The Puppet Co. presents Snow White and the 7 Dwarves, an adaptation of the Grimm’s classic with a mixed cast of actors and rod puppets. Playwright Christopher Piper uses intricately-detailed puppets and animation in this version to keep things interesting, while also celebrating the original plot.
Allan Stevens is the director of this production, as well as set and costume designer. The stage (constructed by Eric Brooks, Ingrid Crepeau, and Allan Stevens) surrounds a circular frame, inside which silhouetted animation can be seen, as well as stained-glass scenery like a humble cottage and a stately castle perched atop a high, rocky cliff.
The costume that stands out the most in this production is that of the Rose Queen, who is dressed in a red-velvet cape, imperiously high collar, and towering golden crown. The menacing queen keeps her back to the audience while she is onstage, making her presence all the more ominous. In a great scene (perhaps my favorite), she uses some creative tricks to swiftly change her costume into that of an old woman wearing tattered rags (this transformation got a collective and impressed “ooooooh” from the audience).
Music and sound effects such as chirping birds and galloping horses by Eric Brooks and Lighting (again, Christopher Piper) work together to enhance the changing tones of the plot.
Performers include Christopher Piper, Allan Stevens, Shayla Garfield, and Chema Pineda-Fernandez as Snow White and her Prince. Rod puppets make up the group of dwarves, and instead of the dominant personality traits that we are used to associating with them (Grumpy, Happy, etc), each dwarf instead has a great skill. For instance, one dwarf has an exceptionally large nose, and with it, an extremely keen sense of smell. This follows with a dwarf with humongous ears and the hearing to match, one with protuberant eyes, and so forth. They work together with their super-abilities to try and protect Snow White from the queen’s wrath… ultimately in vain, as Snow White’s kind and gentle nature makes her easy prey. Can the prince save his beloved?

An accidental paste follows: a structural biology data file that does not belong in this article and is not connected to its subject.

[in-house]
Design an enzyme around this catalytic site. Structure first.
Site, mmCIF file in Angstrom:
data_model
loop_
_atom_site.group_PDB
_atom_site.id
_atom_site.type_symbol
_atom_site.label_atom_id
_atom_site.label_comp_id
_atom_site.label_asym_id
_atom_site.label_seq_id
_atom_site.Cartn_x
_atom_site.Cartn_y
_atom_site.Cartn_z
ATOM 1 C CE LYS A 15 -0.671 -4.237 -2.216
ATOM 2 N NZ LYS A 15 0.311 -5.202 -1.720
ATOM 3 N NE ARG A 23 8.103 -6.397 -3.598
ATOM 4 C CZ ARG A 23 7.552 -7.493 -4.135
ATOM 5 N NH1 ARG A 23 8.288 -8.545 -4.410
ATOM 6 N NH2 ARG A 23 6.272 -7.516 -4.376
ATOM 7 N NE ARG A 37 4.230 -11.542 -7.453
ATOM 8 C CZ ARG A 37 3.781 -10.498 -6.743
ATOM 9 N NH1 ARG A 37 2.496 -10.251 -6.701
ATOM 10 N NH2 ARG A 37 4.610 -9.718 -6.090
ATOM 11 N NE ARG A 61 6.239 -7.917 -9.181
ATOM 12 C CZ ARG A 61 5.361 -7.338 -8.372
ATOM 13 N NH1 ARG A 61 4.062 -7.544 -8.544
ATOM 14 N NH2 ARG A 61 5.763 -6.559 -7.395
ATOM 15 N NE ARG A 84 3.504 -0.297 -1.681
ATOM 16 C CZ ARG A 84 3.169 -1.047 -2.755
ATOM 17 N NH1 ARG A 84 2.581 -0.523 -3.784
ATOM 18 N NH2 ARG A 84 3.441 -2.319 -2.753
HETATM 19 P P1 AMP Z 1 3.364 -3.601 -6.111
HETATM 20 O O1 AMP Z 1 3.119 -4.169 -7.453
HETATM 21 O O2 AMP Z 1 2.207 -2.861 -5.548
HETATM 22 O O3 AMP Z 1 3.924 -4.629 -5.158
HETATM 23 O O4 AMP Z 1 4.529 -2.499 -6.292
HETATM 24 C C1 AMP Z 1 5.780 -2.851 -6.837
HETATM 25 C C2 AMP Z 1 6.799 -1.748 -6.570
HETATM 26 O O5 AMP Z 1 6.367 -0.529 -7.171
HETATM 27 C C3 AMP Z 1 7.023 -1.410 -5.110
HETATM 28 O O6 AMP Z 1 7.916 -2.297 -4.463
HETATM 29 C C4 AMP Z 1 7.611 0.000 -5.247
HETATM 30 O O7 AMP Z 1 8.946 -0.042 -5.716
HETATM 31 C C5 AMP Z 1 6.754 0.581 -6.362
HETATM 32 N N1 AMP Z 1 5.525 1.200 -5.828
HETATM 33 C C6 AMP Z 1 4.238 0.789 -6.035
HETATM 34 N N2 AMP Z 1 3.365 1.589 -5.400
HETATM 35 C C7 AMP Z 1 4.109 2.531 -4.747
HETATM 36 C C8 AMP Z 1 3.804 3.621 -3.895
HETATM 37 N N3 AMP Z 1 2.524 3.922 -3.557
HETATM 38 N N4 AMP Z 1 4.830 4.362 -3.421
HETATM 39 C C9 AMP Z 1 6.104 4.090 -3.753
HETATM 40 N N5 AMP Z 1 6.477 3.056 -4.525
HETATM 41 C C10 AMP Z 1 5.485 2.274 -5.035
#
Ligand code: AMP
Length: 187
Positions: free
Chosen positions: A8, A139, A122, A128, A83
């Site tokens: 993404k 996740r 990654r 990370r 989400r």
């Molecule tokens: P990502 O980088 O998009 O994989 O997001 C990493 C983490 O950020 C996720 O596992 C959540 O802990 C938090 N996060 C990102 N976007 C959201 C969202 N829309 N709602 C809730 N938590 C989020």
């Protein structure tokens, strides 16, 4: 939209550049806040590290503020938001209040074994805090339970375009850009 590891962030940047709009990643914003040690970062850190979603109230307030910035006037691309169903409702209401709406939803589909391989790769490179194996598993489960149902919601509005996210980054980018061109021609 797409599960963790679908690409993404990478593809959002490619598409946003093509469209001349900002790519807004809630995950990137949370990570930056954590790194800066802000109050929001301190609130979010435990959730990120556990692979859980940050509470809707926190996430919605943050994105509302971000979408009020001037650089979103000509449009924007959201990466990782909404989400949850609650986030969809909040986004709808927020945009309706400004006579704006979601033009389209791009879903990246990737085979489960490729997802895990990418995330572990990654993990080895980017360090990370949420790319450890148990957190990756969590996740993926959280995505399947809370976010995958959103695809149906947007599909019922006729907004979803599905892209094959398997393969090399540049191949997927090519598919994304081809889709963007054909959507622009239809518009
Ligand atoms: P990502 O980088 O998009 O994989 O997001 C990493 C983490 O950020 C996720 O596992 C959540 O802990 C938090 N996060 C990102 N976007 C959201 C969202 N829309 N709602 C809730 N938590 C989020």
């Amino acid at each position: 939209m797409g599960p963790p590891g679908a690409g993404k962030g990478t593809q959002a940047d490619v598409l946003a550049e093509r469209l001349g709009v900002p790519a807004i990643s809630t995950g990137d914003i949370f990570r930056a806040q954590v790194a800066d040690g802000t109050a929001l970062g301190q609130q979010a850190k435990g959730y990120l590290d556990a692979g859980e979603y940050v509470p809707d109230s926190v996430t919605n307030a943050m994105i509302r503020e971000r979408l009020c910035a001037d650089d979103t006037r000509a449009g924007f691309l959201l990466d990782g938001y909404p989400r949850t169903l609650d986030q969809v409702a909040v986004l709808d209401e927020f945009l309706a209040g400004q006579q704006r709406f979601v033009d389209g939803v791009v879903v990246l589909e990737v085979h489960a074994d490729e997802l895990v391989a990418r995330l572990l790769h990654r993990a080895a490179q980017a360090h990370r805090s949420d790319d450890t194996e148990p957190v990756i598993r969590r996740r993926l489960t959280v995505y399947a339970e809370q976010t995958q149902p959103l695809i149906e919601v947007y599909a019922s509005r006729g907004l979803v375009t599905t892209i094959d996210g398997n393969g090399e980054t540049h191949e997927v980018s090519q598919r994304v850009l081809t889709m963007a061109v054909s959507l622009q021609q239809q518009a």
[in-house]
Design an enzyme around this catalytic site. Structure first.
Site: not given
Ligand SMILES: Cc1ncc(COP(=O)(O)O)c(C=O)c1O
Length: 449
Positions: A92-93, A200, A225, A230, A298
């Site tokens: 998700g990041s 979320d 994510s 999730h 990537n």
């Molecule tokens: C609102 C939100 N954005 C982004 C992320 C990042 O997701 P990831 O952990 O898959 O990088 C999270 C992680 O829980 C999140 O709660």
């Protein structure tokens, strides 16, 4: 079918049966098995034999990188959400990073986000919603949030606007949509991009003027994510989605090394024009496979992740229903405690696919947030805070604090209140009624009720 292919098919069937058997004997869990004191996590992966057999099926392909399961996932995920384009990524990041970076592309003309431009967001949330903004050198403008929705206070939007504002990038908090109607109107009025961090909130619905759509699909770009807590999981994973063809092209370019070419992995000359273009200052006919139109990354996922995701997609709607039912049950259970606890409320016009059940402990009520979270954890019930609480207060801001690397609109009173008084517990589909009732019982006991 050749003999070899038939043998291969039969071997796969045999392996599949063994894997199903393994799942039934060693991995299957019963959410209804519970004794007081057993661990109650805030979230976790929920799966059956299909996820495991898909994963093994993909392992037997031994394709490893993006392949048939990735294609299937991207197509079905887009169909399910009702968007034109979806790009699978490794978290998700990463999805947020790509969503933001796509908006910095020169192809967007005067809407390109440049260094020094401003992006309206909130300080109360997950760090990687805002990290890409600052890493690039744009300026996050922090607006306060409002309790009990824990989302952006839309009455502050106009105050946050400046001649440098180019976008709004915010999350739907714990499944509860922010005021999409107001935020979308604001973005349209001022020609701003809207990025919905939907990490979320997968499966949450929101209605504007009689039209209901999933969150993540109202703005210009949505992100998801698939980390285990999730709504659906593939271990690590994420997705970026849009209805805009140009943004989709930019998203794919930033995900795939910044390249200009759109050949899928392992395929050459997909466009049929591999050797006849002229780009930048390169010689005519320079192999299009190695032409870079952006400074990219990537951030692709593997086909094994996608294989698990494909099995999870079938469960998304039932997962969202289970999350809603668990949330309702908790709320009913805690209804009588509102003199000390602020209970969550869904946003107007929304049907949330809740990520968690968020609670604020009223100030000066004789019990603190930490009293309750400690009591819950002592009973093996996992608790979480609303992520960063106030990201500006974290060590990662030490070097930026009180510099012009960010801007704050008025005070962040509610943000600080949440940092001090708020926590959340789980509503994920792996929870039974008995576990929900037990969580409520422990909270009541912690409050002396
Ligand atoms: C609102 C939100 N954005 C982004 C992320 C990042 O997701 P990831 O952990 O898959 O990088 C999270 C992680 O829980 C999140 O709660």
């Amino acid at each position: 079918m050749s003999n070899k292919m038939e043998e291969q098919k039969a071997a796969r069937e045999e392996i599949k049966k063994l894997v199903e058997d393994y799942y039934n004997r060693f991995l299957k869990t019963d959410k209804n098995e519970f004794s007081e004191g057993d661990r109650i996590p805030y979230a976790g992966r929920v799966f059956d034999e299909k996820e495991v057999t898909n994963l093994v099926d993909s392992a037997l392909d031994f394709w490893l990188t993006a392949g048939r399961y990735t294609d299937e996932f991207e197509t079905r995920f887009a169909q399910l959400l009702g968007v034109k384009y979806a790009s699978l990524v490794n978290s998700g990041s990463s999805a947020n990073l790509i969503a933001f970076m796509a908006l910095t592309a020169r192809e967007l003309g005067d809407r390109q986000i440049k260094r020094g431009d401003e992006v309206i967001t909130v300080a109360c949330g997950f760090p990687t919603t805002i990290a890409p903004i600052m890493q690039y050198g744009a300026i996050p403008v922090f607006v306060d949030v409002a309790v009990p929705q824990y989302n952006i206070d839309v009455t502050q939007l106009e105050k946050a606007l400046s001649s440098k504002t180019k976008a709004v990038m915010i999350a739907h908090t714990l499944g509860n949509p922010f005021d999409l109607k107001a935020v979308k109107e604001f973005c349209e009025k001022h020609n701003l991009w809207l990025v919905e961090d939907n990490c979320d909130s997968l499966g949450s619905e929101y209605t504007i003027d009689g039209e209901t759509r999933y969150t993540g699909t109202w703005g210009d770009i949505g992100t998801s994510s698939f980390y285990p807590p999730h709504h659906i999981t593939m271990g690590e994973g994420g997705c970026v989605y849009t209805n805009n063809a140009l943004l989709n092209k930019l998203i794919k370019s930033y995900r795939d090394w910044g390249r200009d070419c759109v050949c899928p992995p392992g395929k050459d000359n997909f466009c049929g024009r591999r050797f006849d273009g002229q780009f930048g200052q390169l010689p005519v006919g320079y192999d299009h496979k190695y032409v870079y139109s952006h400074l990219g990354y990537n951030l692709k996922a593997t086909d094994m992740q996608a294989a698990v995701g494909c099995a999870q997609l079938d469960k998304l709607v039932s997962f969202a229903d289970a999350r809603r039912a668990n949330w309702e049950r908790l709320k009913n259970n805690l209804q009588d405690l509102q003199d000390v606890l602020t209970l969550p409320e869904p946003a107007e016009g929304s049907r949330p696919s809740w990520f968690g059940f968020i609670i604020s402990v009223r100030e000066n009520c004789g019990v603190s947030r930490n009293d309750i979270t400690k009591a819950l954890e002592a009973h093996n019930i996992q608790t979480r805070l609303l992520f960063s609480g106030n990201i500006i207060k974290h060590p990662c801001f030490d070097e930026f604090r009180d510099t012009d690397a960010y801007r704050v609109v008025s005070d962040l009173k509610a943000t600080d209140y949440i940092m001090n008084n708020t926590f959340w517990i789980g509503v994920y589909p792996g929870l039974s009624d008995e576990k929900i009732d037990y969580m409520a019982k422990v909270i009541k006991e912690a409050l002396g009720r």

The acting is fair enough to get the story across, though at my performance, it could have used some polishing. The exceptional aspects of this show are, by far, the puppets; each made with detailed, unique traits and expertly maneuvered by the puppeteers. You may notice that the same names keep reappearing in all sorts of both technical and creative roles; The Puppet Company is made up of a tight-knit group of talented people who spread out an exhaustive workload among each other to bring about fantastic productions, and I am always impressed by their results.
Treat your family to an afternoon showing of The Puppet Company’s Snow White and the 7 Dwarves. You will have a great time!
Running Time: 40 minutes, without an intermission.